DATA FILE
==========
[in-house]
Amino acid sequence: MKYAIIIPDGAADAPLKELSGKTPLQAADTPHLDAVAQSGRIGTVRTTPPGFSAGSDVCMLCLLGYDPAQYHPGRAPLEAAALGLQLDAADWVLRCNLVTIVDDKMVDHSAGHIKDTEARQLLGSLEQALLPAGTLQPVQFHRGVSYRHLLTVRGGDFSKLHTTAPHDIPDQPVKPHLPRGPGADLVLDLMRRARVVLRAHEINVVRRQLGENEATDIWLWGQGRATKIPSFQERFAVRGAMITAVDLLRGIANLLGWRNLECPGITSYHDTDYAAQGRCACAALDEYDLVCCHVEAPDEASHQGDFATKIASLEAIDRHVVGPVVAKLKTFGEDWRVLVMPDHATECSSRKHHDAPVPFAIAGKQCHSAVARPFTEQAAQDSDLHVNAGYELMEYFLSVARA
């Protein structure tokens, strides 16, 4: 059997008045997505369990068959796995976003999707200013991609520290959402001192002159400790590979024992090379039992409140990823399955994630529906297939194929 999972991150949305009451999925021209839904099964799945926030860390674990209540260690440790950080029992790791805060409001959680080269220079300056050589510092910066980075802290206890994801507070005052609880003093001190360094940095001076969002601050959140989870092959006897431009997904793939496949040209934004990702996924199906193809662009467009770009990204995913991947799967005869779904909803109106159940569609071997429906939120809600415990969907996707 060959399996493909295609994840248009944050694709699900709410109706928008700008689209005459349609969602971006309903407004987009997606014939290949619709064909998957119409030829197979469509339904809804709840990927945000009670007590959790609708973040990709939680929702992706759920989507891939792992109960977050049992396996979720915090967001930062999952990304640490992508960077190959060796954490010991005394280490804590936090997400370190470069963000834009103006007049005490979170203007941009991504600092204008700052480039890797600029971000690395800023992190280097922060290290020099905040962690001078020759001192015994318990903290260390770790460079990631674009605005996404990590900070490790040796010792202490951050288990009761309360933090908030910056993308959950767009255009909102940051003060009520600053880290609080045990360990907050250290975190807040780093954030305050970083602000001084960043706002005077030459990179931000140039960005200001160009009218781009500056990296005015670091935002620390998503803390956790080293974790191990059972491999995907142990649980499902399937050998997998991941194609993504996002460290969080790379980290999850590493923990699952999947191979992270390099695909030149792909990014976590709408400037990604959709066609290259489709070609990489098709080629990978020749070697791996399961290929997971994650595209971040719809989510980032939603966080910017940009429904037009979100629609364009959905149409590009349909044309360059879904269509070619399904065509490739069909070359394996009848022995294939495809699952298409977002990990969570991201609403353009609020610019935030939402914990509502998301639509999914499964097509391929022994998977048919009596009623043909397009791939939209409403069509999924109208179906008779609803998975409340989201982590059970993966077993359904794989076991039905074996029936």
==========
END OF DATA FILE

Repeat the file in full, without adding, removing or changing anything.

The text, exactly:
[in-house]
Amino acid sequence: MKYAIIIPDGAADAPLKELSGKTPLQAADTPHLDAVAQSGRIGTVRTTPPGFSAGSDVCMLCLLGYDPAQYHPGRAPLEAAALGLQLDAADWVLRCNLVTIVDDKMVDHSAGHIKDTEARQLLGSLEQALLPAGTLQPVQFHRGVSYRHLLTVRGGDFSKLHTTAPHDIPDQPVKPHLPRGPGADLVLDLMRRARVVLRAHEINVVRRQLGENEATDIWLWGQGRATKIPSFQERFAVRGAMITAVDLLRGIANLLGWRNLECPGITSYHDTDYAAQGRCACAALDEYDLVCCHVEAPDEASHQGDFATKIASLEAIDRHVVGPVVAKLKTFGEDWRVLVMPDHATECSSRKHHDAPVPFAIAGKQCHSAVARPFTEQAAQDSDLHVNAGYELMEYFLSVARA
């Protein structure tokens, strides 16, 4: 059997008045997505369990068959796995976003999707200013991609520290959402001192002159400790590979024992090379039992409140990823399955994630529906297939194929 999972991150949305009451999925021209839904099964799945926030860390674990209540260690440790950080029992790791805060409001959680080269220079300056050589510092910066980075802290206890994801507070005052609880003093001190360094940095001076969002601050959140989870092959006897431009997904793939496949040209934004990702996924199906193809662009467009770009990204995913991947799967005869779904909803109106159940569609071997429906939120809600415990969907996707 060959399996493909295609994840248009944050694709699900709410109706928008700008689209005459349609969602971006309903407004987009997606014939290949619709064909998957119409030829197979469509339904809804709840990927945000009670007590959790609708973040990709939680929702992706759920989507891939792992109960977050049992396996979720915090967001930062999952990304640490992508960077190959060796954490010991005394280490804590936090997400370190470069963000834009103006007049005490979170203007941009991504600092204008700052480039890797600029971000690395800023992190280097922060290290020099905040962690001078020759001192015994318990903290260390770790460079990631674009605005996404990590900070490790040796010792202490951050288990009761309360933090908030910056993308959950767009255009909102940051003060009520600053880290609080045990360990907050250290975190807040780093954030305050970083602000001084960043706002005077030459990179931000140039960005200001160009009218781009500056990296005015670091935002620390998503803390956790080293974790191990059972491999995907142990649980499902399937050998997998991941194609993504996002460290969080790379980290999850590493923990699952999947191979992270390099695909030149792909990014976590709408400037990604959709066609290259489709070609990489098709080629990978020749070697791996399961290929997971994650595209971040719809989510980032939603966080910017940009429904037009979100629609364009959905149409590009349909044309360059879904269509070619399904065509490739069909070359394996009848022995294939495809699952298409977002990990969570991201609403353009609020610019935030939402914990509502998301639509999914499964097509391929022994998977048919009596009623043909397009791939939209409403069509999924109208179906008779609803998975409340989201982590059970993966077993359904794989076991039905074996029936």